Microfinance in Micro-Practice

By Virginia Green 

My three co-workers and I make up the entire micro finance team of Manna Project International.  We first arrived in Ecuador nearly nine months ago, wide-eyed and eager, fresh off the boat college grads.  Our lending capacity at the time was around $3000.  We arrived in the middle of the second loan cycle in the history of MPI’s micro finance program.  The Program Directors of MPI before us created essentially out of thin air and in a very short amount of time an entire micro-finance program with the help and guidance of the Oxford Microfinance Initiative.

When we arrived in the midst of the second 9-month loan cycle, we had everything to learn about not just micro lending and finance education, but also about the loan recipients we had inherited; their businesses, their objectives, their ambitions and not just that, their families and personalities as well.  If it had hit us over the head with a frying pan we wouldn’t have learned it faster- the clients are the heart and soul of micro finance.  We also quickly learned that trust is one of the most valuable assets a MFI can possess with its clients.

One unfortunate requisite of a MPI loan is that it is given as a group loan.  Because we are not an officially recognized micro finance institution (you could essentially call our MF practice a hobby), we therefore cannot operate as a financial institution would with some kind of collateral or fall back should someone falter on repayment, we therefore can only rely on the agreed shared responsibility of every loan recipient to recover what, if anything, may be lost.  I say this is unfortunate, only because it always seems to draw some hesitance from prospective loan recipients when reviewing the fine print.  This is funny to me, because they are usually all neighbors, or at least acquaintances.  We have been practicing micro finance in the same tiny neighborhood, Jatumpungo, since the start of our program two years ago.  And any mistrust a prospective client may have over a group loan usually stems from a “well he shorted me on my fertilizer last month” or “she promised me two chickens in February and only brought me one” type of situation.  All of this is to say that in practicing micro finance, especially on such a small scale as what we do at Manna, trust is the most important factor with the clients.  Not only the ability to trust, but to confide in us as well, to see us not as authority figures or new-age colonizers, but as friends.  Cultivating this relationship with our clients has definitely been both a challenging, but very rewarding experience thus far.  We have also achieved 100% repayment every time.

After finishing out this past December the second loan cycle that had been completely structured by the former Program Directors, we decided that not only could Manna’s micro finance program use a little re-vamping, we also decided it was time that we expand the opportunity to small businesses other than just the agriculturally inclined.  Our first step was to raise money.  $3000 certainly wasn’t nothing, considering our lending abilities in general were a little limited, but it was restricting.  So we made it our goal to double our lending capacity.  With a well-timed Indiegogo campaign that launched just a month before Christmas we raised just shy of our goal of $3000.  With just little extra we were able to do so much more. With the help of a range of volunteers, from an accountant from Deloitte, to a husband and wife team who run a small CSA in the valley where we live, we held weekly mandatory “capacitaciones”, or classes for those interested in a loan.  The classes ranged from themes like marketing your small business to moderate level accounting, to money saving.  After a month of classes and a lengthy round of interviews with every applicant, Manna embarked on our third loan cycle with seven new chosen recipients running the gamut of small businesses, from chicken producers to artisanal hand-painted boxes.  Only two months in now on our third loan cycle and things are progressing smoothly.  The loan recipients have been very creative with their loan expenditures and are already talking about their plans for their next loans including one, Mariyuri who currently sells seafood she purchases from the coast and brings to the sierra, whose plan is to open up a cevicheria in Jatumpungo, a would-be first of its kind in the area.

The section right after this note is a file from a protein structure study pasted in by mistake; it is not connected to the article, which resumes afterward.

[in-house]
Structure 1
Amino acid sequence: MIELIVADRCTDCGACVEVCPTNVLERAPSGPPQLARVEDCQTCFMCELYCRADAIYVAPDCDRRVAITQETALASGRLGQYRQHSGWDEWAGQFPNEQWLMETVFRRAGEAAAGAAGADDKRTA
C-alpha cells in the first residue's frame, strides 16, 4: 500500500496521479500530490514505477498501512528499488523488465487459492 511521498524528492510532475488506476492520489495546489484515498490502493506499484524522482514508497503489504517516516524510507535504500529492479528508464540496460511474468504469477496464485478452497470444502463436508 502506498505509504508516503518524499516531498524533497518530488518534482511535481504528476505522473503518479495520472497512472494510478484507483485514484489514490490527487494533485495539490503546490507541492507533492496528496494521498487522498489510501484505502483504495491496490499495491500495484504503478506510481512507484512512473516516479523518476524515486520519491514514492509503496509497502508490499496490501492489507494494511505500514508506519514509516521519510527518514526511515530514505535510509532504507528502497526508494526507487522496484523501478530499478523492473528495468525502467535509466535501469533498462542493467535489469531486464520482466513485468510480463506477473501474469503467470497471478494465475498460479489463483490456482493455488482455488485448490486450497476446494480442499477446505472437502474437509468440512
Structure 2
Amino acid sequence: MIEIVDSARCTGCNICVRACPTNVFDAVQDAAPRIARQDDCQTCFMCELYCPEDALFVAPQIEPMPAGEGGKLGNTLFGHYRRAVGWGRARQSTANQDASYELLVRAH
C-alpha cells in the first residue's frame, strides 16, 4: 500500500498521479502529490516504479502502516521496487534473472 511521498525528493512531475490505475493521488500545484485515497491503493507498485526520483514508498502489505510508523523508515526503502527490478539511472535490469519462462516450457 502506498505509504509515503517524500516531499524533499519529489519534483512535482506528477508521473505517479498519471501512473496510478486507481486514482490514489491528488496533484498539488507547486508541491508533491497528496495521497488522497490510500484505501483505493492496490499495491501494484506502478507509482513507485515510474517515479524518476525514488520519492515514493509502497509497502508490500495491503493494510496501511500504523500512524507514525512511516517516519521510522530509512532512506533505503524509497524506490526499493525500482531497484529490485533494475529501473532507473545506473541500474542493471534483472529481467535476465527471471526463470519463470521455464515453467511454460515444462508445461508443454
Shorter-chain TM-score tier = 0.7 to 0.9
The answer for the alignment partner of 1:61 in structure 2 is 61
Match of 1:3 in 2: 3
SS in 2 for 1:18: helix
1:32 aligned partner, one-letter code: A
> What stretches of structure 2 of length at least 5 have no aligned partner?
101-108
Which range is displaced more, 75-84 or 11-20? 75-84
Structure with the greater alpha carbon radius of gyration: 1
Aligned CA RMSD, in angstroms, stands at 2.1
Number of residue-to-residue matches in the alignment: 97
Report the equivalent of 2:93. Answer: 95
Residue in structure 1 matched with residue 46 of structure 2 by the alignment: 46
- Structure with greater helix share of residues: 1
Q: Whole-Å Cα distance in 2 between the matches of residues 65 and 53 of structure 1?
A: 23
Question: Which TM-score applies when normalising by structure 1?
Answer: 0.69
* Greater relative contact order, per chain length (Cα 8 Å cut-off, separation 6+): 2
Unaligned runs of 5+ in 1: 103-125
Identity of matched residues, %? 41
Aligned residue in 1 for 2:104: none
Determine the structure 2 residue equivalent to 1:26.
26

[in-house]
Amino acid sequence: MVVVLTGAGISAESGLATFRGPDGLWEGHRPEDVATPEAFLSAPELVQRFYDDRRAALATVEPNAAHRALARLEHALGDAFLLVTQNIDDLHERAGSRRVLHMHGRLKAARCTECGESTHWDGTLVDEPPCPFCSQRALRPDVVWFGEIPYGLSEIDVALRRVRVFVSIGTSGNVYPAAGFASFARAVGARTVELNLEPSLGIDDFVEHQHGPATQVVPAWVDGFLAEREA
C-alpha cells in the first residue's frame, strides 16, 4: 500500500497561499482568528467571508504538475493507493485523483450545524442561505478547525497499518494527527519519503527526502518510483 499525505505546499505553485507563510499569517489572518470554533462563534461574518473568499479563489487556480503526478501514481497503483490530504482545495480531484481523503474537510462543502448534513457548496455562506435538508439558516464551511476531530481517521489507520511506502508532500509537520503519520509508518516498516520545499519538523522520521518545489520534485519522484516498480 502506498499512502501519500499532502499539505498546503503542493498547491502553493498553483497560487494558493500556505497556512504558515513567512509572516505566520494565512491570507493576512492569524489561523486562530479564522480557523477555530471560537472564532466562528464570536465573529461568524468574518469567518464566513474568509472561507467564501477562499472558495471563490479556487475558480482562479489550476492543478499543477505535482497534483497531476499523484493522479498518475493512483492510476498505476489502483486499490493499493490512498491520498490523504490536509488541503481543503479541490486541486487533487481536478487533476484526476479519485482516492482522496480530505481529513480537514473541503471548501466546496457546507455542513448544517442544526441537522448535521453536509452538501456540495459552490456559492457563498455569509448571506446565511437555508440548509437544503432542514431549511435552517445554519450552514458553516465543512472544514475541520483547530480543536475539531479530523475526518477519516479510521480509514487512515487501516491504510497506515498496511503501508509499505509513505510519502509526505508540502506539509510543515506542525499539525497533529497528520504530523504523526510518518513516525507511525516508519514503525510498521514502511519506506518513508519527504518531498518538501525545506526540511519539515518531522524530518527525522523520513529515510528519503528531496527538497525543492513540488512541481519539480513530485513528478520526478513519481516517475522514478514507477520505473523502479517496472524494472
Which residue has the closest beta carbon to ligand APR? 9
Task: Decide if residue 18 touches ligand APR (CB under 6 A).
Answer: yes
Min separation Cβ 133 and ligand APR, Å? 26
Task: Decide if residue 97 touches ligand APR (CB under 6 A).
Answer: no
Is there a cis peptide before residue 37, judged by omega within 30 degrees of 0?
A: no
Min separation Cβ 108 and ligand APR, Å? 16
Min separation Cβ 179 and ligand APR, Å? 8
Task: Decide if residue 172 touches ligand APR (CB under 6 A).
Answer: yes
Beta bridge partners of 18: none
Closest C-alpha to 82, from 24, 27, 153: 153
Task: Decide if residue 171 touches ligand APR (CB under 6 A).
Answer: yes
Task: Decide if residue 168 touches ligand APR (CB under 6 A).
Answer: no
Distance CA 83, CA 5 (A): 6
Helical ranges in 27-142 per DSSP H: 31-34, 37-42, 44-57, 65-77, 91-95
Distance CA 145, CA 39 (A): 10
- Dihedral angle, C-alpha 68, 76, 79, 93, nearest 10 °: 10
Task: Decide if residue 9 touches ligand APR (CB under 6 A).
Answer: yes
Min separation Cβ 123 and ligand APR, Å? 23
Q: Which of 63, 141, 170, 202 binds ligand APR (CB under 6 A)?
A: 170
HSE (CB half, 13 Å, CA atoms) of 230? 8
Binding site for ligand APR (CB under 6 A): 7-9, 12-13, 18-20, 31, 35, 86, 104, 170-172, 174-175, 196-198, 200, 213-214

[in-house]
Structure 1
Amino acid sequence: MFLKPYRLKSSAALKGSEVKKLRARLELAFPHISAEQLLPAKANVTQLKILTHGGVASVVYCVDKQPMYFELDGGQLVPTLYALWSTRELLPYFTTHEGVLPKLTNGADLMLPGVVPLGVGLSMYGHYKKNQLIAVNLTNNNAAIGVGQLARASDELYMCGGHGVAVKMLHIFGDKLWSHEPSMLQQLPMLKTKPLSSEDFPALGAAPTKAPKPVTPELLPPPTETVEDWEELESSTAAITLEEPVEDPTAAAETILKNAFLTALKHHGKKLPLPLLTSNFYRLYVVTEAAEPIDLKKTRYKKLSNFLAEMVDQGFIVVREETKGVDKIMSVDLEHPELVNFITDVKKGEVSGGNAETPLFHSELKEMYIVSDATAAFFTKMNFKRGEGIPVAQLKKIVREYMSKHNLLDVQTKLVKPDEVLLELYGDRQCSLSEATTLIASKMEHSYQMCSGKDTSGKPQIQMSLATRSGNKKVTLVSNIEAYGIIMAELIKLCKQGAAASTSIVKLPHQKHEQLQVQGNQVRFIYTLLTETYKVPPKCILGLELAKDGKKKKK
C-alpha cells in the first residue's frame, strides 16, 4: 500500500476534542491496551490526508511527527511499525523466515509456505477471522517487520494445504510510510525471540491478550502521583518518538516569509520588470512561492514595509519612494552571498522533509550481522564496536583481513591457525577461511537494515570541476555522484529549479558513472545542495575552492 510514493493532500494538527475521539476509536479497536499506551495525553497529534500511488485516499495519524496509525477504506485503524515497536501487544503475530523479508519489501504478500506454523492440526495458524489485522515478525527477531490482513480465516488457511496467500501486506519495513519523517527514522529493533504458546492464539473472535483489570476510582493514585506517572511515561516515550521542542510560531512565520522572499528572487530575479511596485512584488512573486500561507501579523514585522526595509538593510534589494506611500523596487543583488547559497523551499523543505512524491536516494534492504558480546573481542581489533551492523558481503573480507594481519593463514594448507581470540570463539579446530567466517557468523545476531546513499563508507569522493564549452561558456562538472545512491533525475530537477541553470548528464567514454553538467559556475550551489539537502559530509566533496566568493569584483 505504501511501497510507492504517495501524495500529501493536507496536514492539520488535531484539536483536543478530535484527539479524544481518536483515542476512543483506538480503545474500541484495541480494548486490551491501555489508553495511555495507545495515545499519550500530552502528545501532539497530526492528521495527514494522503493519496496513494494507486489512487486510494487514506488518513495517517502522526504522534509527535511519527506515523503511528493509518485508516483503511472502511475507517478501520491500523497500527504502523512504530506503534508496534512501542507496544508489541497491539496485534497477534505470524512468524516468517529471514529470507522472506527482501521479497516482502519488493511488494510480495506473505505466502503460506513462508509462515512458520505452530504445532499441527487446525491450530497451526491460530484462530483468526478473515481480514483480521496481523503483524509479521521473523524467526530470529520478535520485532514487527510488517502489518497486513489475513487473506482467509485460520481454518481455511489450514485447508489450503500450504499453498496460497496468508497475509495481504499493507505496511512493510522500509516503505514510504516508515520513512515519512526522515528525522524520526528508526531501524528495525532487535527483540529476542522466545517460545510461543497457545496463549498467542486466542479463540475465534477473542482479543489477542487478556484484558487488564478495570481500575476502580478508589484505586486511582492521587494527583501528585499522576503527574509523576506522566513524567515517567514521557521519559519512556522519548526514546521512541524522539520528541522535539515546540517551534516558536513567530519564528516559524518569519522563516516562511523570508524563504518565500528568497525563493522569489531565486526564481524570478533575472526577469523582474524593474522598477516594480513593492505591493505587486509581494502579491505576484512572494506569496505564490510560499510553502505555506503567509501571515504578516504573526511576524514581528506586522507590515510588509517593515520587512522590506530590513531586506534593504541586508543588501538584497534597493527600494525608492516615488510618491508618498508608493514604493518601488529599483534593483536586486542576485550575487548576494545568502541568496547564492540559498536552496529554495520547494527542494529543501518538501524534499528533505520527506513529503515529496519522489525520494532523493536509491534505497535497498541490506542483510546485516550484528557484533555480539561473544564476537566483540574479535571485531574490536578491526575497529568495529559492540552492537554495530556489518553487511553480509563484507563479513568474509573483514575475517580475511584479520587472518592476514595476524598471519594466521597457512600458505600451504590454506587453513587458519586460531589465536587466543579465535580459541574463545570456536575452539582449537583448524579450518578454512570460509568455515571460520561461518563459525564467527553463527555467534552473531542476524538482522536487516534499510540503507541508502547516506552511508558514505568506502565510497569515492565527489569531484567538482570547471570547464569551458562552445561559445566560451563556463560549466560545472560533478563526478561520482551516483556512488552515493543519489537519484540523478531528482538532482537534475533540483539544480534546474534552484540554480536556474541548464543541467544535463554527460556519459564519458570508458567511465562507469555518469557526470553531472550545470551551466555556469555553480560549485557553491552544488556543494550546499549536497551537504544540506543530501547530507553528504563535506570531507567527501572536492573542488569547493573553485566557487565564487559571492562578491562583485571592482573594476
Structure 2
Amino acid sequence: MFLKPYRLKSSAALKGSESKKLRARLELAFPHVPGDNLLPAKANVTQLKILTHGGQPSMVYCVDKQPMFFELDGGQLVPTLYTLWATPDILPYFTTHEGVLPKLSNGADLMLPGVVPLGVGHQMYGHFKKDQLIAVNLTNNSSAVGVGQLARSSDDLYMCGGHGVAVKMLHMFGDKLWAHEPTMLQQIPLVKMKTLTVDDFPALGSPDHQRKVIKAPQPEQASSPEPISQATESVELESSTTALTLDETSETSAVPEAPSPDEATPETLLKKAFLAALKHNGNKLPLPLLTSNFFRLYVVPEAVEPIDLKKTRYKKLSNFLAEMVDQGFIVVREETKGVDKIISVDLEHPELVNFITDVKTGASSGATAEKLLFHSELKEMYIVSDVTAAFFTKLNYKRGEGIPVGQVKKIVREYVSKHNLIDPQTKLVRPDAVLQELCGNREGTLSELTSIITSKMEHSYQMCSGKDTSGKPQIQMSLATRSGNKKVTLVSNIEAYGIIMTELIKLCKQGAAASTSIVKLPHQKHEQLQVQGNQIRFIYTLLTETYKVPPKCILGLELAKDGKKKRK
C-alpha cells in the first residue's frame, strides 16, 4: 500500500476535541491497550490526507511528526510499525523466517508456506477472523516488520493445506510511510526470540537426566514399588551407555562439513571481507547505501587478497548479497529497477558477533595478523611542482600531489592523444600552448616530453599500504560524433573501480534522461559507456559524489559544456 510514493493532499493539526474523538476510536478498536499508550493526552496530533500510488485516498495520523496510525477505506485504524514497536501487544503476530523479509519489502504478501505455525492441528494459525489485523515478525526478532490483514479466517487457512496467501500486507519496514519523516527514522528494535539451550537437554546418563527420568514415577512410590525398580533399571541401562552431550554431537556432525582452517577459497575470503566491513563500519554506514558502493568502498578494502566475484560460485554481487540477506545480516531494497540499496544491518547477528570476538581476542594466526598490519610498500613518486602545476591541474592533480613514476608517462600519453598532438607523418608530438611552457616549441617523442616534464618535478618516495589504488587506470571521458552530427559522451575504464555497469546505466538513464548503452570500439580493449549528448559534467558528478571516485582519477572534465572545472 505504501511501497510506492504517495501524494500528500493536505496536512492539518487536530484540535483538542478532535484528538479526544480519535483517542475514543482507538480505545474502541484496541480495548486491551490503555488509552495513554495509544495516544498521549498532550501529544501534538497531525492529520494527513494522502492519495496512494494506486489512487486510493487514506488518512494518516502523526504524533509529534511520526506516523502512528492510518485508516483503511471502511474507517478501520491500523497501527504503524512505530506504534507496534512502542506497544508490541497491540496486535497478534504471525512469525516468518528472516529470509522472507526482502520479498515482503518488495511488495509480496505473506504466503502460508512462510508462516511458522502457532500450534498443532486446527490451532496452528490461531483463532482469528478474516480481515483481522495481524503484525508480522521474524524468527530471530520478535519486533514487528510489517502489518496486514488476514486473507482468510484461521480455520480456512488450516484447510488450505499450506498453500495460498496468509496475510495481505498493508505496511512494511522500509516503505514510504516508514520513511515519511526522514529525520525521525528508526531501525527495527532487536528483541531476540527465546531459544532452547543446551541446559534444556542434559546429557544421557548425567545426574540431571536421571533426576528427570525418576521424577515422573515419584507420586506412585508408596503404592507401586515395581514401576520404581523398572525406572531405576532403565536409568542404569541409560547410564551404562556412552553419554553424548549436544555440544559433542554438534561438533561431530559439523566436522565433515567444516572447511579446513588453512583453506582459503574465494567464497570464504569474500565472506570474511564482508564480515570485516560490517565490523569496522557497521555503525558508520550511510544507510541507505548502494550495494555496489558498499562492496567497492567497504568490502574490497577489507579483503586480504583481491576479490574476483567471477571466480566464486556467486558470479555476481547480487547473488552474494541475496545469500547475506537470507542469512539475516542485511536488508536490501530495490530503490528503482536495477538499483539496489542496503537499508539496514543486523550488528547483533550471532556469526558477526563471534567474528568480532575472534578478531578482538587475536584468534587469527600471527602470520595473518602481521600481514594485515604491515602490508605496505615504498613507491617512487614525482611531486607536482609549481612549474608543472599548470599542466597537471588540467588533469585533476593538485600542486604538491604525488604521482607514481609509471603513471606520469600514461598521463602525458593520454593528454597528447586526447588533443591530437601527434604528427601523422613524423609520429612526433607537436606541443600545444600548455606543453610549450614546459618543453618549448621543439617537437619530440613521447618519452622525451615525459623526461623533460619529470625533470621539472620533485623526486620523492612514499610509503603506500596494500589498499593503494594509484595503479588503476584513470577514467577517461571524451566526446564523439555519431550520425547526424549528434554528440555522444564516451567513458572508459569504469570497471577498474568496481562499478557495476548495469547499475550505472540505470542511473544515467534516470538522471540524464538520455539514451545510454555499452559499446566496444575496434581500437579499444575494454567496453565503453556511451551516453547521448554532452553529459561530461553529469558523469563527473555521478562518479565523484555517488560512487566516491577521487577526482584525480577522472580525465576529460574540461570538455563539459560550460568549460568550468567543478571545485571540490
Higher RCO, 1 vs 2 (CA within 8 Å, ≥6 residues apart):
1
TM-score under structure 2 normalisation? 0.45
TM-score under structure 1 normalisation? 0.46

MPI’s micro-finance program is overall still in its infancy stage of development.  Our team though couldn’t be more enthusiastic to continue to develop our MF program and in turn, the community.  We are currently scouting out a second site within the valley where we work to begin a new set of loan cycles that will hopefully be as successful as our previous ones.  As my co-workers and I have learned over these last nine months since we started with MPI, micro finance can be one of the most rewarding methods of holistic community development.  It is the opportunity to provide the tools for personal and sustainable development within a community.              Although it is small-scale development, it is the kind that makes truly lasting differences in both the lives of individuals and the prosperity of communities as a whole.


Manna Project International is a 501c-3 non-profit organization with three locations in Latin America (Guatemala, Nicaragua and Ecuador).  Our focus is holistic need-based sustainable community development through health and education.  Our Ecuador site includes programs such as small business development and microfinance, preventative health, environmental health, and classes including English for children and adults, nutritional cooking, exercise and art.  All of our programs and classes are run by a team of recent undergraduate university graduates.

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